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CMS just finalized new discharge planning rules. Here's what you need to know.

October 23, 2019

    Each year, millions of patients must decide where to receive post-acute care following an inpatient admission.

    Access strategies for raising the quality floor of your post-acute market

    For patients and families, this decision often comes after a short, unexpected, and often traumatic hospital stay. Patients and their caregivers may lack helpful guidance when selecting a post-acute provider and are often unaware of the benefits and risks associated with their choice.

    For hospitals, the patient's decision to select a post-acute provider is only one step in a multi-step discharge planning process that is often fraught with roadblocks and delays as providers coordinate care across siloed settings. Additionally, hospitals may feel uncomfortable providing patients with advice on selecting a post-acute provider due to anti-kickback regulations.

    Ultimately, an uninformed decision can result in a patient’s transition to a low quality provider that is ill-equipped to manage care. Less-than-ideal post-discharge outcomes can not only worsen a patient's condition, undoing clinical improvements delivered in the acute setting, but can also hurt a hospital’s financial performance—resulting in readmission, mortality, or penalties under the Hospital Value-Based Purchasing program's Hospital Consumer Assessment of Health Care Providers and Systems—and increase the total cost of care.

    CMS' new discharge planning rules

    To that end, CMS has finalized two discharge planning rules that aim to help providers equip patients with helpful guidance when selecting post-acute care.

    Rule 1: This discharge planning rule requires hospitals to provide patient access to post-acute providers’ quality and resource-use measures, such as number of pressure ulcers, proportions of falls that lead to an injury, and readmission rates.

    Rule 2: This rule states that skilled nursing facilities with abuse, neglect, or exploitation citations will now have a consumer alert icon next to their name on Nursing Home Compare.

    In short, CMS wants hospitals to provide patients with necessary information about the clinical performance of their post-discharge options.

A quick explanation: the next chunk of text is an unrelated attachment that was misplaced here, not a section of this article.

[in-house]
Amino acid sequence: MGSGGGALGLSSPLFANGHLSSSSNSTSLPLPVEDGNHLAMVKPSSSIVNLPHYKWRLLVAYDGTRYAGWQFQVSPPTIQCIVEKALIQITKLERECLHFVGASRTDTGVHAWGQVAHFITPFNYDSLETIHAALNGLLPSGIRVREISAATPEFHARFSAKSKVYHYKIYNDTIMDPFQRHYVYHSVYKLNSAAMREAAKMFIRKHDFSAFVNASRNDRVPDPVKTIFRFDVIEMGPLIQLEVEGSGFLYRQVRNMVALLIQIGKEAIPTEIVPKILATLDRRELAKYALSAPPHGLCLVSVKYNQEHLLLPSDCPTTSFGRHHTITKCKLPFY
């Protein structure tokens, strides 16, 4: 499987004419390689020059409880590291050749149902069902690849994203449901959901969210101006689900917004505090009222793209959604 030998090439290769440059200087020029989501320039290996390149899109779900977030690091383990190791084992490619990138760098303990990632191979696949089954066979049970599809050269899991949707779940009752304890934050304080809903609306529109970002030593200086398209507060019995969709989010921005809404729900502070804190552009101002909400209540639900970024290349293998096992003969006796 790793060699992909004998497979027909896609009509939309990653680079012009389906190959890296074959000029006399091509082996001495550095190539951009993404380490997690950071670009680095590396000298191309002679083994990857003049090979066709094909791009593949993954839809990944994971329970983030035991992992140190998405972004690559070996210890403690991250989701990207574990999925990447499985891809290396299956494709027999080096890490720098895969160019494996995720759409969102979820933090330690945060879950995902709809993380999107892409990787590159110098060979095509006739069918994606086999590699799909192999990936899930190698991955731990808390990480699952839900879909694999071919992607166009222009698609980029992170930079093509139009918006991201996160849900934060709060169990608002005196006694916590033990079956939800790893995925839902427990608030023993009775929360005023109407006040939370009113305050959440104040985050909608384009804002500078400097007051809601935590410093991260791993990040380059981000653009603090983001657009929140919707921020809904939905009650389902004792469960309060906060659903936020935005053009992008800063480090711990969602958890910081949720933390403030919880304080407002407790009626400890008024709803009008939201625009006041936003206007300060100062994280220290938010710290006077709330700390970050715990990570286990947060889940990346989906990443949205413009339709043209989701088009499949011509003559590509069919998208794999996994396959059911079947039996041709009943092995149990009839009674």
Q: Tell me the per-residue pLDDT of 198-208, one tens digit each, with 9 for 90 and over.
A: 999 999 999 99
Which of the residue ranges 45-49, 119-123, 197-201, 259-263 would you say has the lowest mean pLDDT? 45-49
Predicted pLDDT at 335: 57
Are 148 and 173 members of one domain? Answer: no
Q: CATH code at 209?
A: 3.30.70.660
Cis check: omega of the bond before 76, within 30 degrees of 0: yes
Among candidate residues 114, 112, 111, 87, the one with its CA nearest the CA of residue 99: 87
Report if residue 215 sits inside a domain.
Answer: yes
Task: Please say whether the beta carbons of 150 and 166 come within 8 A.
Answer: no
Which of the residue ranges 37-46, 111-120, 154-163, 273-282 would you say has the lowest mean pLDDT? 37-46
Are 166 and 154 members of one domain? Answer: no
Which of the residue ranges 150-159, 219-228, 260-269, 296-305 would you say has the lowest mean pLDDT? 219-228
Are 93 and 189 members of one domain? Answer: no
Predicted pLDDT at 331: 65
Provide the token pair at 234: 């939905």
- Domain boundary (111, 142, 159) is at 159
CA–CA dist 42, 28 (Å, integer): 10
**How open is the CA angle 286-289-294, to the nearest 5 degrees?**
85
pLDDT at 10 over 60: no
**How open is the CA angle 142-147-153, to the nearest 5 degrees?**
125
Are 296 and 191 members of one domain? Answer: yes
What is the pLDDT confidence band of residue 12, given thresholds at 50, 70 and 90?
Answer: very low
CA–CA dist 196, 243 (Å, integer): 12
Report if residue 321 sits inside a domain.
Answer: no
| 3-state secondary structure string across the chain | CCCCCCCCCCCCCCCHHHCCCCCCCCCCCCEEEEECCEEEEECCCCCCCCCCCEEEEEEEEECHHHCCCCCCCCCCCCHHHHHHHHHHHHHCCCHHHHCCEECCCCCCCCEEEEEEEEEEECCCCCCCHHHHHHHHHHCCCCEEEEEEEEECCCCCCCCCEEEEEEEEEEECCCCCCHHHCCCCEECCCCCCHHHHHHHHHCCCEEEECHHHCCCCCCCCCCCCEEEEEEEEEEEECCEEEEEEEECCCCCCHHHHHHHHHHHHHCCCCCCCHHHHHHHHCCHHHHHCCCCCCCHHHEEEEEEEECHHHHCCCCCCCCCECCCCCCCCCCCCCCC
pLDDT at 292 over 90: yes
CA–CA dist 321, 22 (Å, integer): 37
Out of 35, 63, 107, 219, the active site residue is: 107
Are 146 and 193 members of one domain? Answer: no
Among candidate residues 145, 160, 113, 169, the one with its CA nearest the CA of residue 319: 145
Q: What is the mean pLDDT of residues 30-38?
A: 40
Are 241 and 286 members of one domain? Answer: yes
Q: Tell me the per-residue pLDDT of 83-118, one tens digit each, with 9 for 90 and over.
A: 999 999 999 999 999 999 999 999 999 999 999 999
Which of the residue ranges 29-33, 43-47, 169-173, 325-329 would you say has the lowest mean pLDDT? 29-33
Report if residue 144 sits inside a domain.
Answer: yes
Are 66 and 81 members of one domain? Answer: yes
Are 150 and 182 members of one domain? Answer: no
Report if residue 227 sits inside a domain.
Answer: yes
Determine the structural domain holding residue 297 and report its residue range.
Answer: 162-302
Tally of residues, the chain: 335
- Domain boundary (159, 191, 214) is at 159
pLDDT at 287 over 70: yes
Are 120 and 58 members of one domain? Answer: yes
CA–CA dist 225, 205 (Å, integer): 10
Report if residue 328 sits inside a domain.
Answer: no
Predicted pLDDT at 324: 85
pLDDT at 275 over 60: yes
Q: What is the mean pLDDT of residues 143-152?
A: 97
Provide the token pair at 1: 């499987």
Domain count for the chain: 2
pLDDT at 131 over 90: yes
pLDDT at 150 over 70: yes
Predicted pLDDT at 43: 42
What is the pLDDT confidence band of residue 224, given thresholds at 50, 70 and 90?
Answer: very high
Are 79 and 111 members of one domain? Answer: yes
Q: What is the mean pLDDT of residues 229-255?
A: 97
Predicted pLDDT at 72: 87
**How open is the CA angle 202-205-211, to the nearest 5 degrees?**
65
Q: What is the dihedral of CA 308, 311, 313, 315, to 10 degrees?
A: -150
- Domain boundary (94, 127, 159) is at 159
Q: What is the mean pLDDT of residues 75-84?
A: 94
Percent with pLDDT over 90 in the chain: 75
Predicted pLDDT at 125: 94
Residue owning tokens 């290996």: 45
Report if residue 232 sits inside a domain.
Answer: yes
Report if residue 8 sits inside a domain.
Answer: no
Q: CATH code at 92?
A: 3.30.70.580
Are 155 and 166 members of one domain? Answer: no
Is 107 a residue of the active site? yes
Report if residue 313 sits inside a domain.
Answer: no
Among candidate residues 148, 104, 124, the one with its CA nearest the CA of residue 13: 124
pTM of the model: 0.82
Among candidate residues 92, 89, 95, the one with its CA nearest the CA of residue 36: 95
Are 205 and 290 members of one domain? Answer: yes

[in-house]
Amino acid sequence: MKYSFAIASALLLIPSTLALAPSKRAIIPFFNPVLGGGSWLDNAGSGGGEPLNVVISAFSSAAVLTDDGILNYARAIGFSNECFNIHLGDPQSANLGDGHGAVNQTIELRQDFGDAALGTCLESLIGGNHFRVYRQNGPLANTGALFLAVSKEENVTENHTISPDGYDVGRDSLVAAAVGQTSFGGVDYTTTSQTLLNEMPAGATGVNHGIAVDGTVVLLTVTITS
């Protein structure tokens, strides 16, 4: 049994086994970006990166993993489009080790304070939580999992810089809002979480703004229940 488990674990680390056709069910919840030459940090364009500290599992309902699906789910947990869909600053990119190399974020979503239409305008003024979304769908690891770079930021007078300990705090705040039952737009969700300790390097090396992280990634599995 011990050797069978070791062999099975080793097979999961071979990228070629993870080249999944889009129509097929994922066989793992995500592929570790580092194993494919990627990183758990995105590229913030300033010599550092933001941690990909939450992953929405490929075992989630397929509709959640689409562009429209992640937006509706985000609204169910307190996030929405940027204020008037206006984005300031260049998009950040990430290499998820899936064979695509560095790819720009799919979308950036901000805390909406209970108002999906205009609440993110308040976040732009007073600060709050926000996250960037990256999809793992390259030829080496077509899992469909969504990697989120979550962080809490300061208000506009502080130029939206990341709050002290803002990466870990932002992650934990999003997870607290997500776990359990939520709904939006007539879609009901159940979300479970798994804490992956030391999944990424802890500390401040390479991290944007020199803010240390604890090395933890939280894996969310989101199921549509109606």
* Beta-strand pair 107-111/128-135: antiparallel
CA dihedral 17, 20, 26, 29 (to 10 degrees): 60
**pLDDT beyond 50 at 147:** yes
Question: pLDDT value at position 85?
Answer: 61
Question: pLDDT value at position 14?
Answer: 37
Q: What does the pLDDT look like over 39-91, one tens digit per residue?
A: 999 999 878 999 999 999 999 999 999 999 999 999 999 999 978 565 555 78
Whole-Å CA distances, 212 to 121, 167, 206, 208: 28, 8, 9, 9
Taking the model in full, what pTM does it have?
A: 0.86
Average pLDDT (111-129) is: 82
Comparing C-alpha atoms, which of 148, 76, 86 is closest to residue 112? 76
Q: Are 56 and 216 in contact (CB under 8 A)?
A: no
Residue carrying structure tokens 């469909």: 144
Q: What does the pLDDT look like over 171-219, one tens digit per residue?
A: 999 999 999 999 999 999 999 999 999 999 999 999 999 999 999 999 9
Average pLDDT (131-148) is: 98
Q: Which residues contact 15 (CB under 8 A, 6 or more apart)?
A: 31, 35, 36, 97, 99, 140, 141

Below are two strategies health systems can incorporate to discuss and promote meaningful post-acute quality measures with your patients.

    Help patients choose high-performing, in-network providers

    Many health systems have already put in the work to create a post-acute network of providers with proven quality outcomes, but struggle to discharge patients to these settings. To drive meaningful volumes to high-quality, in-network partners, providers should implement patient education resources that aid decision-making.

    For example, patients can receive post-acute scorecards that list quality measures of nearby facilities or have conversations with discharge planners who explain which providers are preferred and why they can provide guidance while maintaining patient choice rules.

    Collaborate to raise the quality floor of your post-acute market

    Patients may have to use out-of-network providers due to personal preference or provider constraints. In these markets, hospitals can support their post-acute partners, both in-network and out-of-network, with quality improvements to boost patient outcomes. 

    For example, supplying providers with telehealth monitoring options or offering downstream staff training to care for clinically complex patients can improve post-acute providers' abilities to manage complex patients. Additionally, collaborative meetings with downstream providers can identify existing challenges that health systems and PACs can work together to address.

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